Let The Wrong One In...
Is Talk To Me the first great horror film of 2023?
To say so would be damning with faint praise, as it’s not been a banner year for horror so far.
M3GAN was fun but overrated; Scream VI nosedived in the third act; Knock At The Cabin was further proof that Shyamalan needs to be behind the camera and as far away from the script as possible; Evil Dead Rise, while appropriately gruesome, was more of the same; and the less said about Winnie-The-Pooh: Blood and Honey, the better.Only Infinity Pool managed to impress and even then, it has faded from memory since its opening in Sundance and Berlin earlier this year.
Still, backhanded compliments be damned, as this Australian debut from brothers Danny and Michael Philippou merits the title. The directing duo made a name for themselves with their film spoof YouTube videos under the RackaRacka handle, and their indie chiller does not disappoint.
Talk to Me follows a gang of teenagers who are bored out of their trees. What do you expect? They live in the suburbs of South Australia and turn to whatever they can for entertainment: parties, posting videos on social media, and embracing the latest fads. It just so happens that the new craze involves a cursed mummified hand that allows people to communicate with the spirit world.
What could possibly go wrong?
After a very memorable opening (which shall not be spoiled here), we meet Mia (the fantastic Sophie Wilde), a lonely young woman who is still wrestling with the death of her mother. Her father Max (Marcus Johnson) is despondent in her eyes, and she now essentially lives with her best friend Jade (Alexandra Jensen), her little brother Riley (Joe Bird), and their mother Sue (Miranda Otto). When Mia and Jade find themselves at a party one night, they discover how some of their less-than-cautious peers have taken to filming the latest craze for social media clout, essentially transforming possession into a party game.
The way it works is simple: a volunteer holds the ominous embalmed hand, utters the words “Talk to me” and a dead person materializes in front of their eyes. If they then say “Let me in”, the spirit will enter the participant for 90 seconds, triggering an addictive high that dwarfs any drug fix available. The rush provoked by the experience means that participants quickly crave a repeat handshake. However, let the spirit stay inside you for too long, and no good will come of it.
So, when Mia, desperately seeking a sense of belonging, partakes and appears to make contact with her late mother, she breaches the time limit and gets more than she bargained for.
We’ve seen it before: silly games lead to silly results.
Or, to put it more bluntly: f*ck with the afterlife, and it tends to f*ck right back.
However, the Philippous inject a fresh, punk energy to what sounds like well-trodden ground. Clearly inspired by Flatliners and, if you got further back, W. W. Jacob’s classic horror short story ‘The Monkey’s Paw’ - in which the wishes granted to the owner of the simian fist come with a heavy price – the duo draw as much mileage out of the premise without betraying the original concept or descending into cheap jump scare territory. Not that the shocks and scares aren’t there; several scenes of admirably realistic violence - courtesy of some impressive practical effects - are filmed and edited for maximum distress. One eye-popping image will haunt your nightmares for the foreseeable.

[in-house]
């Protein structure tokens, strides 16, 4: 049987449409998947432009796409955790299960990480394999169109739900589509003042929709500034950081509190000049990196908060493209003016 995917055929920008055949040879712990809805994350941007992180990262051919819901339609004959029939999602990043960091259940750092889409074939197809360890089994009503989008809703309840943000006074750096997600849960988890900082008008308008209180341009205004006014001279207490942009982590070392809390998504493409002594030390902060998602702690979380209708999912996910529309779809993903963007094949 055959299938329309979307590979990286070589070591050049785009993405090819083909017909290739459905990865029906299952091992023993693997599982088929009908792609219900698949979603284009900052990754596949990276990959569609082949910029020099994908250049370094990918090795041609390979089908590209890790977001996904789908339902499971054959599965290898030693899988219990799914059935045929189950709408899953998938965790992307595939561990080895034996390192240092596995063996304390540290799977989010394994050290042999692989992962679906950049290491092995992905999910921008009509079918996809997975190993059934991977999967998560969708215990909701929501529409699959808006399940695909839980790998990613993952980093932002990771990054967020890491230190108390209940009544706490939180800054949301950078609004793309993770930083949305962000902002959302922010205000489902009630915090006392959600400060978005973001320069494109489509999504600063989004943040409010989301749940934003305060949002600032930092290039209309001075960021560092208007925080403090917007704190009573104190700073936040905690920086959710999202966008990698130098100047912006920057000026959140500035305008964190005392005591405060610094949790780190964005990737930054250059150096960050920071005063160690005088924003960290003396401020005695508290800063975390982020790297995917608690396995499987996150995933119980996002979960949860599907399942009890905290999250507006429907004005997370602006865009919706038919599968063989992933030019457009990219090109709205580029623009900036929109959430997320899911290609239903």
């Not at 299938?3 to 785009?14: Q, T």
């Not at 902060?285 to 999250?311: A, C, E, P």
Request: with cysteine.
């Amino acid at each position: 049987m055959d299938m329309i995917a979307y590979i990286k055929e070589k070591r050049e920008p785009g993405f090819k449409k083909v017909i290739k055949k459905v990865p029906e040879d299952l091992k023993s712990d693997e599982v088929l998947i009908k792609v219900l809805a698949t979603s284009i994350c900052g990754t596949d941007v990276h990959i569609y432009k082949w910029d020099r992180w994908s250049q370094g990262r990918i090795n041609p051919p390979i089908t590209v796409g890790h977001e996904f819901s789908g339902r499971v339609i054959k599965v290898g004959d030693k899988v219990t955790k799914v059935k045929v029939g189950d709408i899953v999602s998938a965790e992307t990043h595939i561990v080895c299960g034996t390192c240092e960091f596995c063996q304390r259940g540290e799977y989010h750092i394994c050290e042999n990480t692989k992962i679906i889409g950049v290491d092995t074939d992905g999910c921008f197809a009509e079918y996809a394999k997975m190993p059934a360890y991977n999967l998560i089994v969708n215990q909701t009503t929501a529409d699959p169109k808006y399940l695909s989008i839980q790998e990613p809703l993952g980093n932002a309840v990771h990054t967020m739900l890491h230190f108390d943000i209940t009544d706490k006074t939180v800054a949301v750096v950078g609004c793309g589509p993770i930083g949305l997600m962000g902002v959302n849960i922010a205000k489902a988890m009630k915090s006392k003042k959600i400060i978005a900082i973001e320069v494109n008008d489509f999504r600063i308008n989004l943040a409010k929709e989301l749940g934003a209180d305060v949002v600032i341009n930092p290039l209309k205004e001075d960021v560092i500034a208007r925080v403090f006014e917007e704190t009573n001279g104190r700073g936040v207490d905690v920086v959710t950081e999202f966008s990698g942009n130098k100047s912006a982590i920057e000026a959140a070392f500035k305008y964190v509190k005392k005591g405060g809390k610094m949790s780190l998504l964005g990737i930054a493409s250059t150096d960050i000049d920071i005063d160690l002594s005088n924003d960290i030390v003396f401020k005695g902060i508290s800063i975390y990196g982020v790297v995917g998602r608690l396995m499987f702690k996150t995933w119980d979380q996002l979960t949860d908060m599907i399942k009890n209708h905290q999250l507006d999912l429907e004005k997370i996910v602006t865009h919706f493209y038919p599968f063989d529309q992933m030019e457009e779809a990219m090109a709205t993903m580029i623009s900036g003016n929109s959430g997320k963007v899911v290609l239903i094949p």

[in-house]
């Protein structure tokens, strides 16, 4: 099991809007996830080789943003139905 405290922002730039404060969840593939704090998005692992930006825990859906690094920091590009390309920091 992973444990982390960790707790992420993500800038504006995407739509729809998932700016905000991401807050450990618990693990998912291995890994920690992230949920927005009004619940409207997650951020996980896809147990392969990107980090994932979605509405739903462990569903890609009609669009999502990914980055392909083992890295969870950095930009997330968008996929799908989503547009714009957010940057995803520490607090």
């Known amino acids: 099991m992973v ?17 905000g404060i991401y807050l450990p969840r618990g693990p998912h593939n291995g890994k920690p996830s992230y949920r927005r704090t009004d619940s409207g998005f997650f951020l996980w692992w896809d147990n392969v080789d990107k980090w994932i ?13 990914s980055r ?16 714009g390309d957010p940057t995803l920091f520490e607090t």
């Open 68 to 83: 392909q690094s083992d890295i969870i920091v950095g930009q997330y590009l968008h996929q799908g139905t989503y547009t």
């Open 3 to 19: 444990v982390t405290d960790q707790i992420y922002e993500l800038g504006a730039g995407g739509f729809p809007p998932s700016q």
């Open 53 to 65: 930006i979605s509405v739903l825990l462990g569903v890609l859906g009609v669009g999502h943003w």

Commendably, there’s a feeling of plausibility to the proceedings that is disquieting, as the directors don’t lean too heavily on the online attention the hand shenanigans attracts or the possession-as-an-addiction-metaphor strand. They keep things uncluttered, focus on the theme of grief, and portray teenage behaviour realistically, with a tenderness that doesn’t reduce their experience to “Those bloody teens and them internets.” The protagonists are not the Instagram-filtered twentysomethings that populate a lot of horror or YA films; nor are they satirically imbued with the requisite quirky foibles to make them fit certain tired stereotypes peddled by writers and directors who approximate the modern teen experience. They’re just average kids who want to fill their days and fit in, and as such, their plight stemming from a desire to disassociate with daily life and crippling trauma through social media and possession becomes all the more understandable. And unsettling.
So yes, Talk To Me is hands down (so to speak) the strongest and most uncompromising horror offering of 2023 so far. You’ll want to hold someone’s hand throughout.
But don't. This may be the one chiller that puts the kibosh on that previously dependable source of reassurance.
Talk To Me is out in cinemas now.